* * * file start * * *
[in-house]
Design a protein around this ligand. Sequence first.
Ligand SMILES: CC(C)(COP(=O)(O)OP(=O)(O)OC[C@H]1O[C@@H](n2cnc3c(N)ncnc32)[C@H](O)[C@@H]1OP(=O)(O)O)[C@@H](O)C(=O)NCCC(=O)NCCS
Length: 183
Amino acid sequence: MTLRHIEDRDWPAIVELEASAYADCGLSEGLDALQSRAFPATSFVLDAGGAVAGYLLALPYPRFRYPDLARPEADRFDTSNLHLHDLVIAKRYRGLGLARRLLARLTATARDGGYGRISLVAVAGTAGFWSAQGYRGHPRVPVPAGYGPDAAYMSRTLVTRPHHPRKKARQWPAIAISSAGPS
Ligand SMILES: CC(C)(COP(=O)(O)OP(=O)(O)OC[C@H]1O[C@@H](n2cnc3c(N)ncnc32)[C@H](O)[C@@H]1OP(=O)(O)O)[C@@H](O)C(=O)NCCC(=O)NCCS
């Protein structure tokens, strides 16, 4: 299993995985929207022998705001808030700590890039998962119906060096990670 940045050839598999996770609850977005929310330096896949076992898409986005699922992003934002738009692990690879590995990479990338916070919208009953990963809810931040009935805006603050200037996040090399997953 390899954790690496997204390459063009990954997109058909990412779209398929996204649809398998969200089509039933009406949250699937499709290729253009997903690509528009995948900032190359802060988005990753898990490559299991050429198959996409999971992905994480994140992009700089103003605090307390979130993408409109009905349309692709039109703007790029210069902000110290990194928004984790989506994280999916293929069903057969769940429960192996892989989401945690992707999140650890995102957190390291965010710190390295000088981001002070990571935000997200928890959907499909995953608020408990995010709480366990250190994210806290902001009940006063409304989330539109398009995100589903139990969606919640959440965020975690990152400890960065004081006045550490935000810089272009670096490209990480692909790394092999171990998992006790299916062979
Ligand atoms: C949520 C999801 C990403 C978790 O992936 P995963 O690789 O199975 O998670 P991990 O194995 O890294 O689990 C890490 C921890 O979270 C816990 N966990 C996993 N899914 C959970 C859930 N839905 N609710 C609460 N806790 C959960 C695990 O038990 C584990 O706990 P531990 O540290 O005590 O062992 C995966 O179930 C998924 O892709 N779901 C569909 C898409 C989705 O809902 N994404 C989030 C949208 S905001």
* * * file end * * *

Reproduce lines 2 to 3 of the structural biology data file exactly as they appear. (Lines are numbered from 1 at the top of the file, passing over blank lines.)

Design a protein around this ligand. Sequence first.
Ligand SMILES: CC(C)(COP(=O)(O)OP(=O)(O)OC[C@H]1O[C@@H](n2cnc3c(N)ncnc32)[C@H](O)[C@@H]1OP(=O)(O)O)[C@@H](O)C(=O)NCCC(=O)NCCS